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Calling the doctor

One of the more favored pastimes of the 8th District seems to be Allstate Smackdown.  The insurance company has served as a punching bag for the court on numerous occasions:  at least three times this year, the court has held that the company's routinely miserly pretrial offers merited an award of prejudgment interest.  (I mentioned one here.)

Last week, the bete noire of the plaintiff's bar got another comeuppance in Hutsell v. Allstate, a UMI claim which Allstate appealed because a jury had the temerity to award $9,000 to the plaintiff.  The company's major contention was that the trial court erred by permitting plaintiff's counsel to point out in summation that Allstate could have required the plaintiff to submit to an independent medical examination, but didn't.  The court wasn't buying, and affirmed the judgment.

There were several interesting things about the decision.  First was Allstate's argument, which was based upon the "uncalled witness" rule.  Never heard of it?  Neither had I.  Turns out it's a rule of evidence which states that if a party has the sole power to produce a witness and doesn't, it can be inferred that the witness would give testimony unfavorable to that party.  I'm not sure how it applied to this case, and if I were a more industrious sort I might task myself the to-do of schlepping over to the courthouse and reading the briefs to see what argument Allstate advanced.  It apparently wasn't a good one, being based solely on a Federal 5th Circuit decision which, as the concurrence points out, rejected the rule.  (I did read the 5th Circuit case, and rule apparently stopped being good law about 30 years ago.)

The other interesting thing about the opinion is that it never gets around to answering the question of whether the plaintiff's argument was permissible.  Instead, the court held that the latitude afforded counsel in closing argument was within the discretion of the trial court, and that a case shouldn't be reversed on that basis unless the argument was "reprehensible and heinous."

A couple of points.  First, "heinous" (dictionary definition:  "grossly wicked, abominable, shockingly evil") is setting the bar pretty low.  There have been numerous cases reversed for prosecutorial misconduct in closing argument that certainly couldn't have been classified in that fashion.  It's not a perfect match; the prosecutor is not viewed the same way as a civil lawyer (or a criminal defense attorney, for that matter), and there are some due process concerns in a criminal case that aren't present in a civil one.  Still, it seems a bit much to imply that counsel can get away in summation with anything short of performing a human sacrifice.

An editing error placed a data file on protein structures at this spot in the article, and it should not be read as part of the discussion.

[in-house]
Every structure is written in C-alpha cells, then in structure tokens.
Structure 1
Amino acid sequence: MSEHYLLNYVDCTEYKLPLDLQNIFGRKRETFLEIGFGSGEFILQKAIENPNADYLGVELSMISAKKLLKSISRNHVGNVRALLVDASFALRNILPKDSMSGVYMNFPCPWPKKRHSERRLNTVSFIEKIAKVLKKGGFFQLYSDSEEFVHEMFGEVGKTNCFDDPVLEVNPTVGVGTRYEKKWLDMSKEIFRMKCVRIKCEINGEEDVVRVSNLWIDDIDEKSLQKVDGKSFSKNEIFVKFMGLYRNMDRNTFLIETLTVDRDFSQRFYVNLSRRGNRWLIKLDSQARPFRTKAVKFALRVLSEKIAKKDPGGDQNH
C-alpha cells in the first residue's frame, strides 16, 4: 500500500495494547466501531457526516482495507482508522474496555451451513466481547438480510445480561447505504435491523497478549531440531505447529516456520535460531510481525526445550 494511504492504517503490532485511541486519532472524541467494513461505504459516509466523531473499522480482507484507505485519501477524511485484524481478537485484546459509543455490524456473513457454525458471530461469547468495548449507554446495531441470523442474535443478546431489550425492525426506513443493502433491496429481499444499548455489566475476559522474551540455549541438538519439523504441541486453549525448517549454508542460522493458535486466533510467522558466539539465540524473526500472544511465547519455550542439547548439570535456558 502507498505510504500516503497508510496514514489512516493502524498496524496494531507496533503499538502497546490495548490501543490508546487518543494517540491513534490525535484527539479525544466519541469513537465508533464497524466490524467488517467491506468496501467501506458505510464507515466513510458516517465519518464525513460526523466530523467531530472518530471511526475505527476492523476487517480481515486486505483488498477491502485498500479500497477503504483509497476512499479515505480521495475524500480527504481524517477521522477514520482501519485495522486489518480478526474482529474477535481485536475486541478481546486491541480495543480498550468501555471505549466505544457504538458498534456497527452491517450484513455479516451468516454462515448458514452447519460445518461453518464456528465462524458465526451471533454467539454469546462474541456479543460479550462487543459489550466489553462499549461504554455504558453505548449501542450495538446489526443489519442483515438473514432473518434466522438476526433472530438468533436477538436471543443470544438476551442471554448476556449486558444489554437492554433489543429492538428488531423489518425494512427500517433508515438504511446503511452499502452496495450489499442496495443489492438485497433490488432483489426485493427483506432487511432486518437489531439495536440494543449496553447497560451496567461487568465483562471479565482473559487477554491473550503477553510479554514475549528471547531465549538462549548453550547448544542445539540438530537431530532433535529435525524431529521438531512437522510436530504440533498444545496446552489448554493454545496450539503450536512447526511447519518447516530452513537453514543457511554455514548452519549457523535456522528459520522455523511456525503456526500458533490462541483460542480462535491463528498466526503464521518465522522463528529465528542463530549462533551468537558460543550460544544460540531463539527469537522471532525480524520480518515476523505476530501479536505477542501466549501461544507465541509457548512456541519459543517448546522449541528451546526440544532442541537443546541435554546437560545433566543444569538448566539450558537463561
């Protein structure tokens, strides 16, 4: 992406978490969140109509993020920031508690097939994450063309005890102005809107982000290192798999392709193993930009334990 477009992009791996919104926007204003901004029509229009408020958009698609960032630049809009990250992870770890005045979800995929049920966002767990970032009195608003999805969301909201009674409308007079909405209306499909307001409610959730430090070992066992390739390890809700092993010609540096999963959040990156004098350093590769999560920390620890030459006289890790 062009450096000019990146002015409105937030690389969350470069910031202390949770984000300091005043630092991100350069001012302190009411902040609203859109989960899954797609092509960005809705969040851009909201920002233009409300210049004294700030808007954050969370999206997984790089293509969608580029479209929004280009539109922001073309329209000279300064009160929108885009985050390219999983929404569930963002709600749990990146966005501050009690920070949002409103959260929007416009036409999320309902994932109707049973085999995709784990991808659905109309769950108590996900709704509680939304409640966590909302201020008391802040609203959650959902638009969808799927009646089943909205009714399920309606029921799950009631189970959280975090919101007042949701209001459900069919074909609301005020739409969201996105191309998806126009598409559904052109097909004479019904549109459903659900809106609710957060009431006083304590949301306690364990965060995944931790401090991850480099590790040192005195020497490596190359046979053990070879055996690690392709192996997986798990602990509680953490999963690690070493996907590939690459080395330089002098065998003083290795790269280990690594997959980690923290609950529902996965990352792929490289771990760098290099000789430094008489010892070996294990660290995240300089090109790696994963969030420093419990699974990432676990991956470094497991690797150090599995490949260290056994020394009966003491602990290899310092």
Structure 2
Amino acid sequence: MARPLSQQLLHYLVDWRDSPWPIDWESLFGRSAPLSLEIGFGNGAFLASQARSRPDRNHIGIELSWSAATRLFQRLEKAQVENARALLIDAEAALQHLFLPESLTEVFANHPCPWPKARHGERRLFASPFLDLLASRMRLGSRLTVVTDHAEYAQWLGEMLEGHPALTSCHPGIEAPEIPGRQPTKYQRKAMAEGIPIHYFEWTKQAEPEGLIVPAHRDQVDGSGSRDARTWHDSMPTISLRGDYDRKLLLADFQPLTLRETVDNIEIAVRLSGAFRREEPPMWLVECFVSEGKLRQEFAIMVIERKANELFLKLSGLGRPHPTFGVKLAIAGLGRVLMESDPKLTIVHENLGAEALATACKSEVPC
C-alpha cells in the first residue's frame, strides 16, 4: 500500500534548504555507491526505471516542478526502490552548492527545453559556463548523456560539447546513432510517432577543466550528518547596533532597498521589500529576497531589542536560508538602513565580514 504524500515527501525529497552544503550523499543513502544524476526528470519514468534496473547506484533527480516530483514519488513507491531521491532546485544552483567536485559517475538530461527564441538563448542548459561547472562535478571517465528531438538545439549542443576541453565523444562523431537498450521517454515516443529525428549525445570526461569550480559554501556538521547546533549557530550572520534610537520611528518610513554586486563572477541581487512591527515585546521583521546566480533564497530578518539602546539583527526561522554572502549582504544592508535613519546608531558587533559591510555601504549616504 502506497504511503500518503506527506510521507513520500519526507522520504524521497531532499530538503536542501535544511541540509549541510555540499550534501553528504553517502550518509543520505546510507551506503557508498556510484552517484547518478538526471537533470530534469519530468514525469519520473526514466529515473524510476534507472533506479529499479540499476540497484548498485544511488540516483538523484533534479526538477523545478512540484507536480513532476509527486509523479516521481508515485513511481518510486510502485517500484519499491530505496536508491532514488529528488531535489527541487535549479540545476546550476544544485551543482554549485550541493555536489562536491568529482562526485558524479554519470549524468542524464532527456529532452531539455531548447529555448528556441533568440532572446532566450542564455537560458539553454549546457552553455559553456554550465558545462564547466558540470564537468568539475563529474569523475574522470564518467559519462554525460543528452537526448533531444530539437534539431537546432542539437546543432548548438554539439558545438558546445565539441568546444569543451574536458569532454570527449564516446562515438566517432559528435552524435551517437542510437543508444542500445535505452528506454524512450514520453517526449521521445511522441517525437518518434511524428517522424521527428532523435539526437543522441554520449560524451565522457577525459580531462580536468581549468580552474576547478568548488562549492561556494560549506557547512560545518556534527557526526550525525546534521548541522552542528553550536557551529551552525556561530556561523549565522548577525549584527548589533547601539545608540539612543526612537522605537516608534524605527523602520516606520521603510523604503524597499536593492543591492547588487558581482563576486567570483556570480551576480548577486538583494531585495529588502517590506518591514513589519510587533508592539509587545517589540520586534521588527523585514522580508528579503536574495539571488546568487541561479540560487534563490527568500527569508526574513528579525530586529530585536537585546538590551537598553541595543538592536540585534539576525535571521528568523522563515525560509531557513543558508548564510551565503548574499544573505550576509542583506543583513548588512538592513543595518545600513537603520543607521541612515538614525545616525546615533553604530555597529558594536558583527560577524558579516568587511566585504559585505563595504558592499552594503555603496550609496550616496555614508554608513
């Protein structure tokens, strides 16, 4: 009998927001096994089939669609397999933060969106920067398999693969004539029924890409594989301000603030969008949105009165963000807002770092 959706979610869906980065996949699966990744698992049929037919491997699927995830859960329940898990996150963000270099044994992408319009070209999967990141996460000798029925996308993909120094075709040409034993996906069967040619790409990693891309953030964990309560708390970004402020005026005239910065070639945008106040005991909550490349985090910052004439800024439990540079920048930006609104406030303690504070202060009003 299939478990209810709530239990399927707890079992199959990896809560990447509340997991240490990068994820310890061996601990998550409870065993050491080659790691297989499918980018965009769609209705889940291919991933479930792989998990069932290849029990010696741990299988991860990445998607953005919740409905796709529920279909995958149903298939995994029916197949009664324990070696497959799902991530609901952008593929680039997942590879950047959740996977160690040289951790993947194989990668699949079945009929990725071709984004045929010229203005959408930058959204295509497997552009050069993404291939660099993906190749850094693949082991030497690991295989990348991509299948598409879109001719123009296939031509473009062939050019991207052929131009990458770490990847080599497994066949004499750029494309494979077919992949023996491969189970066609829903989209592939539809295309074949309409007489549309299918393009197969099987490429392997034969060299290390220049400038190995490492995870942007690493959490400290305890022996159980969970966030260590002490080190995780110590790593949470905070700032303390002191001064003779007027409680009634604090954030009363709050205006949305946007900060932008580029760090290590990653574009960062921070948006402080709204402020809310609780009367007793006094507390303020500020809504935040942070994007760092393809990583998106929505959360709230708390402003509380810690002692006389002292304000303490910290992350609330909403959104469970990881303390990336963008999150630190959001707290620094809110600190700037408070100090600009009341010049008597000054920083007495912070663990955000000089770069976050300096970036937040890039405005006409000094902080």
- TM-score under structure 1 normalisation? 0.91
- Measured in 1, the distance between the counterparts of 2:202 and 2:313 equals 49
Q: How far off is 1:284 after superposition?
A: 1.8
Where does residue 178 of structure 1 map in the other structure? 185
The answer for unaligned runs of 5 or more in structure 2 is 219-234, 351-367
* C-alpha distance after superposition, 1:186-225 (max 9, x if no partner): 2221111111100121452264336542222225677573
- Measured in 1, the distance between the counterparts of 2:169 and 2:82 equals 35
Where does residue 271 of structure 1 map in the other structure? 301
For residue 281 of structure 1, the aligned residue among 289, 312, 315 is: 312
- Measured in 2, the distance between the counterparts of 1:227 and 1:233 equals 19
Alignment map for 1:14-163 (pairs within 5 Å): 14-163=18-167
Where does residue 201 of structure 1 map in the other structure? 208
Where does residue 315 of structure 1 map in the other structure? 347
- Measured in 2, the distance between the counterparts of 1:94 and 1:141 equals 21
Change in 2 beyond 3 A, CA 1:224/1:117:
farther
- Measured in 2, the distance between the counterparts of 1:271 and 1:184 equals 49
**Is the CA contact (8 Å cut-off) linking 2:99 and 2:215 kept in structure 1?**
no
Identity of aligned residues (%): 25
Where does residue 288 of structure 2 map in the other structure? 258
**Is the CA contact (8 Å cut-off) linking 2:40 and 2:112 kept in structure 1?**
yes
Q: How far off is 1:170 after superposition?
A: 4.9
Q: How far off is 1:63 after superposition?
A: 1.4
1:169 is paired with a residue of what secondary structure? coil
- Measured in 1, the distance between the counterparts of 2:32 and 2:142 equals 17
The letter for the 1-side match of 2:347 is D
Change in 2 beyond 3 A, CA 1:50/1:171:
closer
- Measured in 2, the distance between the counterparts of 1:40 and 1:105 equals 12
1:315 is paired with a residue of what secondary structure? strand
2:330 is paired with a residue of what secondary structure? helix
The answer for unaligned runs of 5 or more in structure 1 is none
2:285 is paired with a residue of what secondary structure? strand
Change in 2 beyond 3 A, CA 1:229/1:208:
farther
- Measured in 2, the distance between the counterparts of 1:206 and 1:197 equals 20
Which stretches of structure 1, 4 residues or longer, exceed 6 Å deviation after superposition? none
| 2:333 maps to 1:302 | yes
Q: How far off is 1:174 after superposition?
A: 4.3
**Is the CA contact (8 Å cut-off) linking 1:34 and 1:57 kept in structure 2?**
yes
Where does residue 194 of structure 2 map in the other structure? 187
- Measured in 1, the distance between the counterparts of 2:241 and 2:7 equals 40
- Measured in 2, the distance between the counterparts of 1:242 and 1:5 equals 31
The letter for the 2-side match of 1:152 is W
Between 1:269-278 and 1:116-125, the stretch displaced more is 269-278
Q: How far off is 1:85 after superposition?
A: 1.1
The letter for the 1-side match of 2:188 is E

The second point concerns a problem I have with the "abuse of discretion" standard.  That standard exists, it seems to me, to cover the innumerable judgment calls a judge  has to make in the course of a trial; for example, how far does he let an attorney go in exploring bias on cross-examination?  Essentially, it covers situations where reasonable people could differ on what should be done, depending on the circumstances, and you don't want to have the court of appeals substitute its opinion on that for the trial court's.

But too often, appellate courts use the abuse of discretion standard when it's really not a judgment call, and I think this was one of them.  Either it's improper to make the argument that plaintiff did, or it's not; the legitimacy of the argument isn't dependent on circumstances.  Hutsell doesn't decide that question; another trial judge could sustain an objection to that argument, and citing Hutsell to him wouldn't do you any good.  If the court felt that the argument was proper, it should have said so, and if it didn't but wanted to reach the same result, it could have sought refuge in that other decision-avoidance sanctuary, harmless error.  But it should have answered the question.

And my two cents is that the answer should've been yes.  The invariable defense argument in these cases is that the plaintiff wasn't hurt as badly as he claims.  In that light, it doesn't seem unfair for the plaintiff's lawyer to point out that the defense had the right to have their own doctor examine the patient to buttress that claim.  And let's face it:  a strategem in these cases, especially by Allstate, is to force plaintiffs to trial in small-value cases, knowing that the costs of trying the case -- spending $1500 or more for the doctor's deposition -- will often induce a settlement.  Essentially forcing the defense to shell out money for its own doctor, or face the prospect of a jury wondering why it didn't, would even the playing field at least a bit.

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